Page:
The recruiter assured me that they will get back to me in 5 working days regarding the offer. On the 4th day, the recruiter called me and said that they won’t be making an SDE-III offer and if I’m interested they could find me an SDE-II opening which I politely refused.
Last 10~15 minutes, he asked me about a system design problem which most likely is something that he was building or already built. I didn’t like the idea of getting thrown a system design problem in the final minutes of the interview. It took at least 5 minutes to get the requirements clear enough to start putting things together. Due to lack of time, I couldn’t go deeper into one of the main use cases and I hurried into the approach I would take while the next interviewer was already on the call and waiting. If I had time I would have given him several better options but what a bummer! Seriously, who on earth designs systems in 5~10 minutes?
In the second half, he asked me a medium coding problem which was a slightly modified form of a typical DP question. I asked him lots of questions to make sure I clearly understood the problem. I was confused about whether it was a Greedy or DP, so I discussed it with the interviewer. He asked me to write the code for the greedy solution but I found a bug a bit too late and realized this was a pure DP problem! The interviewer said greedy would work for most cases and asked me what my DP code would look like. I gave a verbal explanation of how I would write the code and he was happy with that. I felt it went OK except for the last-minute realization that I took the wrong approach to the coding problem.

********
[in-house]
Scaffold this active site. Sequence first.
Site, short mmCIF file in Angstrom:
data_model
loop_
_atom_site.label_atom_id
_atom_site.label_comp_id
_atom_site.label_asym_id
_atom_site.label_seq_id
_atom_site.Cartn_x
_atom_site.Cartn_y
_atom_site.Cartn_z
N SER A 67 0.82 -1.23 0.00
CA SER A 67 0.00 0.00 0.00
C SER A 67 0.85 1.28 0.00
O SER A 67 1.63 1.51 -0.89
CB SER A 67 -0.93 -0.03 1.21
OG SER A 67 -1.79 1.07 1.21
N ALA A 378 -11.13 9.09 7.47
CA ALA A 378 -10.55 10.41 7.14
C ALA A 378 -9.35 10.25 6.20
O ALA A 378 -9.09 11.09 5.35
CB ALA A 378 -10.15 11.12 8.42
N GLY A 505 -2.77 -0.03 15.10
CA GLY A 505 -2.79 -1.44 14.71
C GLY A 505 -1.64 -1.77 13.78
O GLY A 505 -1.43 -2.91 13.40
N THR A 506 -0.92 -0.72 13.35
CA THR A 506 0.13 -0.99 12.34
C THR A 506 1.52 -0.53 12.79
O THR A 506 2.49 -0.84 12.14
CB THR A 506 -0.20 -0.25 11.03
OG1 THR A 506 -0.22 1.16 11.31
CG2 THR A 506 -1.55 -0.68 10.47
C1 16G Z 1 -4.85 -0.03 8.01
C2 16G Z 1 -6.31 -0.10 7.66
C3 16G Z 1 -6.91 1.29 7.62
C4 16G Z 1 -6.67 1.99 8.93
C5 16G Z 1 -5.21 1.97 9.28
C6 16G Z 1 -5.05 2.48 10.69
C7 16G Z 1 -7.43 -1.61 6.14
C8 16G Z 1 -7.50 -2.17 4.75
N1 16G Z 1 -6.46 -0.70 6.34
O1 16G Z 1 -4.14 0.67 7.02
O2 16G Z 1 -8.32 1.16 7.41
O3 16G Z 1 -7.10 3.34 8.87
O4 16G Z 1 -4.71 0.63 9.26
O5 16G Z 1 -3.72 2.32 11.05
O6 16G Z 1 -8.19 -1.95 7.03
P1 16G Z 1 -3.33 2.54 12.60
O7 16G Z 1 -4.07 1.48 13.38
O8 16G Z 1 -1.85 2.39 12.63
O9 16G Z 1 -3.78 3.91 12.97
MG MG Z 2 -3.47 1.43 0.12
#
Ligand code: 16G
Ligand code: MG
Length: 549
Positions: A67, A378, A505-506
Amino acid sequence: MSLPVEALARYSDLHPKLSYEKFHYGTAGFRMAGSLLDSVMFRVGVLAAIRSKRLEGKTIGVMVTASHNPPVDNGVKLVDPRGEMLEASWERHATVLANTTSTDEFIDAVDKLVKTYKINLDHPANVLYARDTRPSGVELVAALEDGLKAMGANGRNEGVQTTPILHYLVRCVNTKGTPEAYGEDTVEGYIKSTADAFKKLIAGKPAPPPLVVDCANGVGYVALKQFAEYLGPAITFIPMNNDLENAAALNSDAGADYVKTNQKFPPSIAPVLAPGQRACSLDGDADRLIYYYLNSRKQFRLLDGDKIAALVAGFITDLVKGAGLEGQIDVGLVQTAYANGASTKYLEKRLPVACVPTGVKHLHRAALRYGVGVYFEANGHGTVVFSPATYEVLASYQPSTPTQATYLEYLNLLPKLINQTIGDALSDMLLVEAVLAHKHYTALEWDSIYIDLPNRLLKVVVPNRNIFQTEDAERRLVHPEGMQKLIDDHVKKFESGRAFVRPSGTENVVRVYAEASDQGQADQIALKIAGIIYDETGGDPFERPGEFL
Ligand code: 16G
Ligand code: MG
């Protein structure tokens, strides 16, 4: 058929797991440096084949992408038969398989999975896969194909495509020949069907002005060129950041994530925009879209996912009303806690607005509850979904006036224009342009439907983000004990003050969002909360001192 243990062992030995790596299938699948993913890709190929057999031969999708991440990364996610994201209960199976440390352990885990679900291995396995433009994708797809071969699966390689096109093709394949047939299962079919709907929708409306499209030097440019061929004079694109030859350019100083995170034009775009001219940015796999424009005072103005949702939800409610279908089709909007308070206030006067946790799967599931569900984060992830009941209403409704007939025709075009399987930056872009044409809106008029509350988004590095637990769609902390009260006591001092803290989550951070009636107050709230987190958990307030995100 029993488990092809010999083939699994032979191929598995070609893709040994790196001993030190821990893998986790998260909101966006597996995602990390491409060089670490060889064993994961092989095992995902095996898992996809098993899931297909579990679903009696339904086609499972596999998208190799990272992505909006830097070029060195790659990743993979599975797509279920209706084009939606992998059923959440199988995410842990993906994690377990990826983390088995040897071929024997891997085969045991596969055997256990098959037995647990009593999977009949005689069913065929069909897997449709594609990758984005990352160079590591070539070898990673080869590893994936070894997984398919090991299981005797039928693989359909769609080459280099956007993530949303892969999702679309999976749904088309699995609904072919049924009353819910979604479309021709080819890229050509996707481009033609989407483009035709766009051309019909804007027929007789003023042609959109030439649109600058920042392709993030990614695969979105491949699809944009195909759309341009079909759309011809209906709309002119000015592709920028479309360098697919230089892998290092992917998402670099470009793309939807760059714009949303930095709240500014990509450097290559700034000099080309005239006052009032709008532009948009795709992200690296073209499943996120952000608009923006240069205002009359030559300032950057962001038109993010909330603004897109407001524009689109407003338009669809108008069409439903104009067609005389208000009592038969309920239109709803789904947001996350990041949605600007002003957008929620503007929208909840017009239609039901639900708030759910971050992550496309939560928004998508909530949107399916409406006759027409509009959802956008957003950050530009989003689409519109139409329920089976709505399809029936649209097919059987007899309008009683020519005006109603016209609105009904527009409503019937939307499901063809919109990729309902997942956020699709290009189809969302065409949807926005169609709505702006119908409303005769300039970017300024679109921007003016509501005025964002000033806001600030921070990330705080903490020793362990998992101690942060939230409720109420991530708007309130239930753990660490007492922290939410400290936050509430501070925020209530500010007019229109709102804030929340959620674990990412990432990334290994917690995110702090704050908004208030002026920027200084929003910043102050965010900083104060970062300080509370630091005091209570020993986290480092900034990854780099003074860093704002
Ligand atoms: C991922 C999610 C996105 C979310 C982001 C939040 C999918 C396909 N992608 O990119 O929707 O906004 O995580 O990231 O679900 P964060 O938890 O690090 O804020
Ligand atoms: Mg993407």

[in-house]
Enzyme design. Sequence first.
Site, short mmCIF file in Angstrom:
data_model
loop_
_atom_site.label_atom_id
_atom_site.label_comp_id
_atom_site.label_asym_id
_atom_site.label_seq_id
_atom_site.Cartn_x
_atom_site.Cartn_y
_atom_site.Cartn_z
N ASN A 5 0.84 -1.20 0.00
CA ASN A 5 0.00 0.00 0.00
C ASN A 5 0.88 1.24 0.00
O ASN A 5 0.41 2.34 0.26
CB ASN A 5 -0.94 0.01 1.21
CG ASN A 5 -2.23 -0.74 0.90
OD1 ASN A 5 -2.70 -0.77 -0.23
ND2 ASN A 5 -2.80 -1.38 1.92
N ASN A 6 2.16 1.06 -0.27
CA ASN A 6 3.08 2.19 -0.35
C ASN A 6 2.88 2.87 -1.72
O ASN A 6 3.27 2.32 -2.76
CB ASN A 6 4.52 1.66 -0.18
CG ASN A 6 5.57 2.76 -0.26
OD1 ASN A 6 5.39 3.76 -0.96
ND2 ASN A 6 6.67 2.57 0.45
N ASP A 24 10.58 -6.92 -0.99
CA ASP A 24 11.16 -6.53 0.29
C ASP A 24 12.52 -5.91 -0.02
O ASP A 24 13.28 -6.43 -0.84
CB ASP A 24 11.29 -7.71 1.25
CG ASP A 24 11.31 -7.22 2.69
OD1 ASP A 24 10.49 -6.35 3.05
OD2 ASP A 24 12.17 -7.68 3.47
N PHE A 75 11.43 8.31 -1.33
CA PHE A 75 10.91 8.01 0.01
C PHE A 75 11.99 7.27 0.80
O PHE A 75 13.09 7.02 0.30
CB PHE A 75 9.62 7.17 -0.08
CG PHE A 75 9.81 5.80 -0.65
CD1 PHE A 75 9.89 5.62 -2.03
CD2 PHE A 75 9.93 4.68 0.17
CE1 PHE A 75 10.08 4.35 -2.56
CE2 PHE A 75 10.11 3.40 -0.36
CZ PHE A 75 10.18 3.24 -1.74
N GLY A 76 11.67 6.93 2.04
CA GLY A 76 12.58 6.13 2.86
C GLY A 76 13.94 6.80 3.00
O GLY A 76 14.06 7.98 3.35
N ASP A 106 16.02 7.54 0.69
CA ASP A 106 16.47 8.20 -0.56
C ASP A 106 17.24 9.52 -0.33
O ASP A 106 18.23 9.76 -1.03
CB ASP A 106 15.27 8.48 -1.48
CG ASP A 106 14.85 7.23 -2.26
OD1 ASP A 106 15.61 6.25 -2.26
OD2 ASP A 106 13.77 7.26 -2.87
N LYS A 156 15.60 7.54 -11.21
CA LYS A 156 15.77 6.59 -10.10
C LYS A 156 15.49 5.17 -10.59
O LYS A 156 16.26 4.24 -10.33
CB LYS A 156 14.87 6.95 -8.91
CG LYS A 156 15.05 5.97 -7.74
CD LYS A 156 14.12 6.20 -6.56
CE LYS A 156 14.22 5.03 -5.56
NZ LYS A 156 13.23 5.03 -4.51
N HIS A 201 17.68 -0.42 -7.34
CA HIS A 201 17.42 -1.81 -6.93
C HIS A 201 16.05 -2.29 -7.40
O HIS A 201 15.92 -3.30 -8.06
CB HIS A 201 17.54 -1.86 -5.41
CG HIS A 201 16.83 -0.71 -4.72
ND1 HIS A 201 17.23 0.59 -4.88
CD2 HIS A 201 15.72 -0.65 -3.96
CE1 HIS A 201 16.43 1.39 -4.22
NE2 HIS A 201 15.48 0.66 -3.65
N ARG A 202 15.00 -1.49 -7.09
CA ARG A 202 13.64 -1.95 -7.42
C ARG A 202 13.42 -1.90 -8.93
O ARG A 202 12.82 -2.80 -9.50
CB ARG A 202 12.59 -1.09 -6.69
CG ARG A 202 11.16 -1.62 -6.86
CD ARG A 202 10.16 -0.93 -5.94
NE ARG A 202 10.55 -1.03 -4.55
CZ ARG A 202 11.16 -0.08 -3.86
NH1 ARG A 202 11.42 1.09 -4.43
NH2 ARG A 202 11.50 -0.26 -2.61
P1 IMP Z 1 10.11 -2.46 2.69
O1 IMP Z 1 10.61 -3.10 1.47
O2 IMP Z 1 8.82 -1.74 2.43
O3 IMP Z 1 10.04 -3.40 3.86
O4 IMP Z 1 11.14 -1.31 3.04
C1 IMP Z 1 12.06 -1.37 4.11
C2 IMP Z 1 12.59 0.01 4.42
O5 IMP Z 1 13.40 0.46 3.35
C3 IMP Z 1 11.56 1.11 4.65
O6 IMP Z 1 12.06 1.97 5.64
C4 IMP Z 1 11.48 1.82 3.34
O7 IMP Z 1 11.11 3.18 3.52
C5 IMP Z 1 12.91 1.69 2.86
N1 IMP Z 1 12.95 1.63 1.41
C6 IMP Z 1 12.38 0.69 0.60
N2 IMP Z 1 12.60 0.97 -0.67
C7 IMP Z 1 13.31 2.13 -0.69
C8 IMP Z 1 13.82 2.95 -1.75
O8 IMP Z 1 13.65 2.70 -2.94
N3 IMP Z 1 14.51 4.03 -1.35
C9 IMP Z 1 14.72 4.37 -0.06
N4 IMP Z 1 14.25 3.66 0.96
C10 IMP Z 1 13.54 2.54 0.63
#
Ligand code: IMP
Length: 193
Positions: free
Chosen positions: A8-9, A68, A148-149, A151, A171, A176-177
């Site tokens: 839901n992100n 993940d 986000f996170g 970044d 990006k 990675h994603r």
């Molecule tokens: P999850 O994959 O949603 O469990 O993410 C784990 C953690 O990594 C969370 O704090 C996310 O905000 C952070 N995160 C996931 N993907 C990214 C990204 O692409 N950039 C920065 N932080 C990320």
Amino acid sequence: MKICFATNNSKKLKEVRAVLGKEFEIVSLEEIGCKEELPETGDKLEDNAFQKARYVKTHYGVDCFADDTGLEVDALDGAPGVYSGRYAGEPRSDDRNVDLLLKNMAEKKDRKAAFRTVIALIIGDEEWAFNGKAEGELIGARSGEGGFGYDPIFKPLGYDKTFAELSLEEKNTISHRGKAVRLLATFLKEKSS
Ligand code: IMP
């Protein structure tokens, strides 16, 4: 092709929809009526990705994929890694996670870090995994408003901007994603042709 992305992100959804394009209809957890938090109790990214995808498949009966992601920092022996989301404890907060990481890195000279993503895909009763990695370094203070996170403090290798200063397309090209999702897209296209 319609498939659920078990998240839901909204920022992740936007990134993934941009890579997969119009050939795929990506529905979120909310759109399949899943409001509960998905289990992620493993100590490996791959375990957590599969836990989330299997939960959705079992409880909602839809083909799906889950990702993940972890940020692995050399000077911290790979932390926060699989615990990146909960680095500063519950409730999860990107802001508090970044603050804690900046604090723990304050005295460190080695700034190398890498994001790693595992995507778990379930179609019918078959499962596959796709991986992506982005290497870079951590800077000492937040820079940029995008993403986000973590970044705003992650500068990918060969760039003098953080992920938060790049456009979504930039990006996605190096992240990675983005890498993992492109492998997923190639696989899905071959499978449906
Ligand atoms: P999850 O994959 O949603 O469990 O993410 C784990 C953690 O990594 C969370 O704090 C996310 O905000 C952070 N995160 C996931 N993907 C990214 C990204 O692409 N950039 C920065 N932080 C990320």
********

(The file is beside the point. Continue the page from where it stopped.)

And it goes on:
I applied on LinkedIn and within a few days, I received an email from the recruiter regarding a screening interview. Once I confirmed the dates, the screening round was set up with an SDE-III engineer. All the tools used during the interview were mostly in-house. The round started with a basic introduction and the interviewer quickly gave an overview of what the next 1 hour would look like. He started with a string-based coding problem that I could straightaway identify and gave a solution using the Trie data structure. I had to code up a Trie from scratch and completely solve the problem. He found some minor bugs which I could instantly fix and he was happy with the code. He then improvised the same problem to expose it as an API and asked me to scale it to handle lots of requests. We talked very high level about running multiple instances of trie as a service, load balancing and caching requests, etc. After this, he briefly touched upon some behavioral questions where he asked me about situations where I made a wrong design choice. Overall, I think did very well and I was confident that I would make it to the onsite rounds.
For coding rounds, it’s a bit unfair to ask lead-level engineers to write code to invert a binary tree or reverse a linked list when time is limited. Even when you are a junior engineer you will never face such situations. To make matters worse, you are supposed to do it on a notepad-like tool that has no autocompletion or syntax highlighting! The only way to clear these is by exhaustively practicing data structures and algorithm questions for at least a month or more on websites like leetcode, hackerrank, etc. There are a lot of debates going on around such interview practices in the developer community. I feel the emphasis should be given to how we approach the problems and the ability to think out loud.
This was my final round and it was again with an SDE-III. Again, the first 30 minutes were dedicated to behavioral questions from past projects. He asked if I needed a chance to discuss any high-impact projects which I might have missed in previous rounds. He touched upon the following scenarios: